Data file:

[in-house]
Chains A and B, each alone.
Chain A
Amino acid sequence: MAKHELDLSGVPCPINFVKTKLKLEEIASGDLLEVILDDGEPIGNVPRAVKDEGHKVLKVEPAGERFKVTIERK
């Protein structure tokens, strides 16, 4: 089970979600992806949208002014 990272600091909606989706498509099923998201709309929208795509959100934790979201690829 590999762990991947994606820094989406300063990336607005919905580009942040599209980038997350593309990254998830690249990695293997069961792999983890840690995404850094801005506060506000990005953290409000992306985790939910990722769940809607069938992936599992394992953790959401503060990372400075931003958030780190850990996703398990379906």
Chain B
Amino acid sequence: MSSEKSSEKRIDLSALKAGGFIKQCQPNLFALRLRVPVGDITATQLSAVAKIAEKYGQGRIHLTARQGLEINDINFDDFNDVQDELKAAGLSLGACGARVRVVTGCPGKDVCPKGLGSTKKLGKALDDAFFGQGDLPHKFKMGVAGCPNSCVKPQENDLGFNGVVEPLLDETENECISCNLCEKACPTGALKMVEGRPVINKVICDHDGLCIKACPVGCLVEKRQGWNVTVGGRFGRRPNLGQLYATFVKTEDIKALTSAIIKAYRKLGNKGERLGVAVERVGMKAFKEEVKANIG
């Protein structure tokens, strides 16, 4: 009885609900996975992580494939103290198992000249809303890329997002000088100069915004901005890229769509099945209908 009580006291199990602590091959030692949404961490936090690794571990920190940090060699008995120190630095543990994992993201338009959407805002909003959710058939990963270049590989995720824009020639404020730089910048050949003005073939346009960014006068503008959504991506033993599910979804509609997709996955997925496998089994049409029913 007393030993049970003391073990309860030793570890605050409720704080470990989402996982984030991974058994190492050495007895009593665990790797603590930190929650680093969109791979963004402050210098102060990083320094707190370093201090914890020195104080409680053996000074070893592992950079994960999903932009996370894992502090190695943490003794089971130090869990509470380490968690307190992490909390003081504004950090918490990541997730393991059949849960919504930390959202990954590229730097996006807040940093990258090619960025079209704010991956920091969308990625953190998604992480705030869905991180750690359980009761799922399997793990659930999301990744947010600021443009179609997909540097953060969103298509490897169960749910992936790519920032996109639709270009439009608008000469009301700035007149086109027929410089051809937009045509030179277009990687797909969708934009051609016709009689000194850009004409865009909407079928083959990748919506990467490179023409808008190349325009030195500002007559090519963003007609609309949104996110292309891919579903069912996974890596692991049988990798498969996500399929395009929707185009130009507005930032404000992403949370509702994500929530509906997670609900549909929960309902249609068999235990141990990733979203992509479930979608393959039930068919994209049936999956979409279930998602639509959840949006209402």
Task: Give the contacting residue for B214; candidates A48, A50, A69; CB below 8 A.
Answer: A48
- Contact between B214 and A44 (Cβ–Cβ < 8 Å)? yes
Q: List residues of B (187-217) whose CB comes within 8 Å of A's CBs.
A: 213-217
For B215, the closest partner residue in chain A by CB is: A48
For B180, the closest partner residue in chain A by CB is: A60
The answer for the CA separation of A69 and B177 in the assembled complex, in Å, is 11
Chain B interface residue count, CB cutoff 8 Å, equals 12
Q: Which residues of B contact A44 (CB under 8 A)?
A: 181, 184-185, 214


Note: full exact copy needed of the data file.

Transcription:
[in-house]
Chains A and B, each alone.
Chain A
Amino acid sequence: MAKHELDLSGVPCPINFVKTKLKLEEIASGDLLEVILDDGEPIGNVPRAVKDEGHKVLKVEPAGERFKVTIERK
């Protein structure tokens, strides 16, 4: 089970979600992806949208002014 990272600091909606989706498509099923998201709309929208795509959100934790979201690829 590999762990991947994606820094989406300063990336607005919905580009942040599209980038997350593309990254998830690249990695293997069961792999983890840690995404850094801005506060506000990005953290409000992306985790939910990722769940809607069938992936599992394992953790959401503060990372400075931003958030780190850990996703398990379906």
Chain B
Amino acid sequence: MSSEKSSEKRIDLSALKAGGFIKQCQPNLFALRLRVPVGDITATQLSAVAKIAEKYGQGRIHLTARQGLEINDINFDDFNDVQDELKAAGLSLGACGARVRVVTGCPGKDVCPKGLGSTKKLGKALDDAFFGQGDLPHKFKMGVAGCPNSCVKPQENDLGFNGVVEPLLDETENECISCNLCEKACPTGALKMVEGRPVINKVICDHDGLCIKACPVGCLVEKRQGWNVTVGGRFGRRPNLGQLYATFVKTEDIKALTSAIIKAYRKLGNKGERLGVAVERVGMKAFKEEVKANIG
């Protein structure tokens, strides 16, 4: 009885609900996975992580494939103290198992000249809303890329997002000088100069915004901005890229769509099945209908 009580006291199990602590091959030692949404961490936090690794571990920190940090060699008995120190630095543990994992993201338009959407805002909003959710058939990963270049590989995720824009020639404020730089910048050949003005073939346009960014006068503008959504991506033993599910979804509609997709996955997925496998089994049409029913 007393030993049970003391073990309860030793570890605050409720704080470990989402996982984030991974058994190492050495007895009593665990790797603590930190929650680093969109791979963004402050210098102060990083320094707190370093201090914890020195104080409680053996000074070893592992950079994960999903932009996370894992502090190695943490003794089971130090869990509470380490968690307190992490909390003081504004950090918490990541997730393991059949849960919504930390959202990954590229730097996006807040940093990258090619960025079209704010991956920091969308990625953190998604992480705030869905991180750690359980009761799922399997793990659930999301990744947010600021443009179609997909540097953060969103298509490897169960749910992936790519920032996109639709270009439009608008000469009301700035007149086109027929410089051809937009045509030179277009990687797909969708934009051609016709009689000194850009004409865009909407079928083959990748919506990467490179023409808008190349325009030195500002007559090519963003007609609309949104996110292309891919579903069912996974890596692991049988990798498969996500399929395009929707185009130009507005930032404000992403949370509702994500929530509906997670609900549909929960309902249609068999235990141990990733979203992509479930979608393959039930068919994209049936999956979409279930998602639509959840949006209402």
Task: Give the contacting residue for B214; candidates A48, A50, A69; CB below 8 A.
Answer: A48
- Contact between B214 and A44 (Cβ–Cβ < 8 Å)? yes
Q: List residues of B (187-217) whose CB comes within 8 Å of A's CBs.
A: 213-217
For B215, the closest partner residue in chain A by CB is: A48
For B180, the closest partner residue in chain A by CB is: A60
The answer for the CA separation of A69 and B177 in the assembled complex, in Å, is 11
Chain B interface residue count, CB cutoff 8 Å, equals 12
Q: Which residues of B contact A44 (CB under 8 A)?
A: 181, 184-185, 214